EGU2020-596
https://doi.org/10.5194/egusphere-egu2020-596
EGU General Assembly 2020
© Author(s) 2020. This work is distributed under
the Creative Commons Attribution 4.0 License.

Back to the future 3: Analysing tectonically induced tidal resonance with conceptual models

Hannah Davies1,2, J.A. Mattias Green3, and Joao C. Duarte1,2,4
Hannah Davies et al.
  • 1Lisbon University, Faculdade de Ciências, Departamento de Geologia, Campo Grande, 1749-016, Lisboa, Portugal (hdavies@fc.ul.pt)
  • 2Instituto Dom Luiz (IDL), Faculdade de Ciências, Universidade de Lisboa, Campo Grande, 1749-016, Lisboa, Portugal
  • 3School of Ocean Sciences, Bangor University, Askew St, Menai Bridge LL59 5AB, UK
  • 4School of Earth, Atmosphere and Environment, Monash University, Melbourne, VIC 3800, Victoria, Australia

Recent research of coupled tidal and tectonic modelling has found that during periods in an ocean’s Wilson cycle, (i.e. during dispersal, and subsequent convergence of oceans due to plate tectonic movement), oceans occasionally become resonant for the semi-diurnal component of the tide (M2). This results in an approximately 20-Million-year long period of enhanced tidal dissipation in the resonant ocean (assuming continental plate drift rates of ~5 cm yr-1). This resonant “Super-tide” has been simulated in numerical tidal models for both past and future tectonic scenarios, and they show that the current tides are among the most energetic found.

Here we use an established tidal model to analyse the conditions required for open ocean tidal resonance. Our conceptual “Earths” consist of two or more simplified oceans, which are shaped to represent conceptual versions of oceans of the past, present, and future: triangular (Tethys ocean), circular (Pacific and Arctic oceans), rectangular (Southern and Indian oceans), and rhomboid shaped (North, and South Atlantic Ocean). Each scenario was conducted using ocean bathymetry ranging from a “bathtub” ocean (a uniformly deep flat abyssal plane from coast to coast), to a continental shelf with no abyssal bathymetry, to a “realistic” ocean with ocean shelves, ridges, and subduction zones. The global ocean land ratio and ocean volume was conserved to present-day in most conceptual scenarios however, to investigate the maximum tidal dissipation possible on Earth, some scenarios deviated from the ocean volume and global coverage. In every scenario, ocean width is progressively increased relative to the predominant ocean boundaries, simulating plate tectonic opening of each ocean.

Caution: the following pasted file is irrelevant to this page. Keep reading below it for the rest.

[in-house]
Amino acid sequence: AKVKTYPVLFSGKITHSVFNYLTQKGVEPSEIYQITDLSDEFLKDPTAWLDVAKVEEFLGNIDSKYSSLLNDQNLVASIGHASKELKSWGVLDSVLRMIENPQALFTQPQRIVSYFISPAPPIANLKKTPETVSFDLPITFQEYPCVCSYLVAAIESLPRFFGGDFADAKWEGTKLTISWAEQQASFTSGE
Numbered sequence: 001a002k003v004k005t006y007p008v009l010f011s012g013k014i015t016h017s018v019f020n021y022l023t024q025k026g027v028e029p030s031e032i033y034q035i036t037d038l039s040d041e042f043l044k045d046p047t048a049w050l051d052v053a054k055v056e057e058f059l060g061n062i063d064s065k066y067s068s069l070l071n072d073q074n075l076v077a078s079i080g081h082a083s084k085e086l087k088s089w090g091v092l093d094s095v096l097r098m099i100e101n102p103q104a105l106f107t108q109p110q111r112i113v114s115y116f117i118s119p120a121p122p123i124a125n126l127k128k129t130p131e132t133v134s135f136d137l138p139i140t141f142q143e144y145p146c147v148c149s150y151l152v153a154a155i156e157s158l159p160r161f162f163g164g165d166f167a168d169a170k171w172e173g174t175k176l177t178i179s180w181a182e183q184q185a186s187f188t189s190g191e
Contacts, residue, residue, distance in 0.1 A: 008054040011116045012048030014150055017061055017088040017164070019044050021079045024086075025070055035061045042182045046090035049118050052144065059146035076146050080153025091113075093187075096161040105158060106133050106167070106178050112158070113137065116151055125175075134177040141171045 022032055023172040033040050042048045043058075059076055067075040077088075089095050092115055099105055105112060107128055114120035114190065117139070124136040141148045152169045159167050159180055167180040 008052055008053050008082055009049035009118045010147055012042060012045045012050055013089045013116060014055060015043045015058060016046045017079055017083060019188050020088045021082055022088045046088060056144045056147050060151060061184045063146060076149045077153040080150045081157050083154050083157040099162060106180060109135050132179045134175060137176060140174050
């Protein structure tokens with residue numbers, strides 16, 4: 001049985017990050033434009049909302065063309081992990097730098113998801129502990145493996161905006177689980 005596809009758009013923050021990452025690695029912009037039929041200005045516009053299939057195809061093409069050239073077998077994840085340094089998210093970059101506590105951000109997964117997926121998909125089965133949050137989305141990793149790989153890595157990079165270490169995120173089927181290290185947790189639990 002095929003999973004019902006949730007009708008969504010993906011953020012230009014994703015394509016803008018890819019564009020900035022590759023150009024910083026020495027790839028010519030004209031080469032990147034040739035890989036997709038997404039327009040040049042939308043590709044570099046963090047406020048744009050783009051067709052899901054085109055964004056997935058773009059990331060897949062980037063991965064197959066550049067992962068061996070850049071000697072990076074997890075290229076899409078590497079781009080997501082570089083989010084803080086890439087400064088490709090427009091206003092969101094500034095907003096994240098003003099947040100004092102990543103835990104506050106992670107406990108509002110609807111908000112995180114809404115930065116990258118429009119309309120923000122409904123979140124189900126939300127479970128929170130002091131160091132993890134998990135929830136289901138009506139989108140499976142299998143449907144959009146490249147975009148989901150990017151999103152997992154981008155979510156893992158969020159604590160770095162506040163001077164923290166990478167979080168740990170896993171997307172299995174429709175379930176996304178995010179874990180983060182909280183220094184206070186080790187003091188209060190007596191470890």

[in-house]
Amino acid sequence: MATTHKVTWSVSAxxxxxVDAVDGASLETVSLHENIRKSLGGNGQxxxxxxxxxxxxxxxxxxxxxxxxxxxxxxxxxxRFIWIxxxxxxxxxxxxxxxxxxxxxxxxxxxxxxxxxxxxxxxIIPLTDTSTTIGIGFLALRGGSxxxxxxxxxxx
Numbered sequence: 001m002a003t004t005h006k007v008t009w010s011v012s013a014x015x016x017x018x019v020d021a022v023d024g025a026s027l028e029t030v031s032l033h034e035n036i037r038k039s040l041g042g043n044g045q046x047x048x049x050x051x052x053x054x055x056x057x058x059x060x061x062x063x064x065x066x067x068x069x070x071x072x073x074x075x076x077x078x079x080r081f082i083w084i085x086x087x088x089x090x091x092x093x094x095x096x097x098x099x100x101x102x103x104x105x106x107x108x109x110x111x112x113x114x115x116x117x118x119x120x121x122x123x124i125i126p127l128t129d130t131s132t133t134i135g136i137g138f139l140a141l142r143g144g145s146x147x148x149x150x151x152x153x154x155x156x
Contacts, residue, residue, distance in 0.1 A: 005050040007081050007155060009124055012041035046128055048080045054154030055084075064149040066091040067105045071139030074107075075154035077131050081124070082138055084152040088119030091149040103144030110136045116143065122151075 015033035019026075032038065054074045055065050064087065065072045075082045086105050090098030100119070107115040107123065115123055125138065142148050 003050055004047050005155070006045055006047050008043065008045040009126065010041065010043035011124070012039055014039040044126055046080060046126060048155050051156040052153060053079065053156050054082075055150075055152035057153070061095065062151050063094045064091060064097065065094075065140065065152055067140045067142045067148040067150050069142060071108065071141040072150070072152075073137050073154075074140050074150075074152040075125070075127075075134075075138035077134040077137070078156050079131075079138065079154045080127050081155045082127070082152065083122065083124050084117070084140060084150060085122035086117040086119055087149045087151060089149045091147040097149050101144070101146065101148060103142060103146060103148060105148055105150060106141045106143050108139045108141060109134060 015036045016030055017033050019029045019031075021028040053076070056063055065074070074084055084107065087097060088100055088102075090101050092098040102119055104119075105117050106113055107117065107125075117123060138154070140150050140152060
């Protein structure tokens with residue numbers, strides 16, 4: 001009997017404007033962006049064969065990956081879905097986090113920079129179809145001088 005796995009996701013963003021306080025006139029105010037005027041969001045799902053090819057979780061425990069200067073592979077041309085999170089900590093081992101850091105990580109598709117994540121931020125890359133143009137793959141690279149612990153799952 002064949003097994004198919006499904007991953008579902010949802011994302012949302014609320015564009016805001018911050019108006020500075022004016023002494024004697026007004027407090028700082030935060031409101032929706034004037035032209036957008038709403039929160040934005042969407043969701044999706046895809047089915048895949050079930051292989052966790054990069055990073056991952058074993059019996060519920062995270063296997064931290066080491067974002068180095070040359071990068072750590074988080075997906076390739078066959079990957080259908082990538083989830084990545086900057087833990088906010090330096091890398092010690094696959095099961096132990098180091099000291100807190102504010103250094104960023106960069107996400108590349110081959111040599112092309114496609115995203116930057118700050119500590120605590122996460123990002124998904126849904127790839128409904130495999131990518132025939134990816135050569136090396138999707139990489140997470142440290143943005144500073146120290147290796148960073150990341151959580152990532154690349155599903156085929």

The aim of the work was to assess the frequency of the occurrence of resonance in the open ocean, and the upper limit for tidal dissipation of the semi-diurnal tide on Earth. We found that super-tides are common in the results with their dissipative strength varying from weaker than present day to five times present day.

The occurrence of tidal resonances in modelled conceptual oceans further confirms the link between tectonics and tidal evolution. These super-tidal periods of markedly increased tidal dissipation alter the ocean’s energy budget, nutrient dispersal and the carrying capacity of coastal and oceanic ecosystems.

How to cite: Davies, H., Green, J. A. M., and Duarte, J. C.: Back to the future 3: Analysing tectonically induced tidal resonance with conceptual models, EGU General Assembly 2020, Online, 4–8 May 2020, EGU2020-596, https://doi.org/10.5194/egusphere-egu2020-596, 2019

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Presentation version 1 – uploaded on 01 May 2020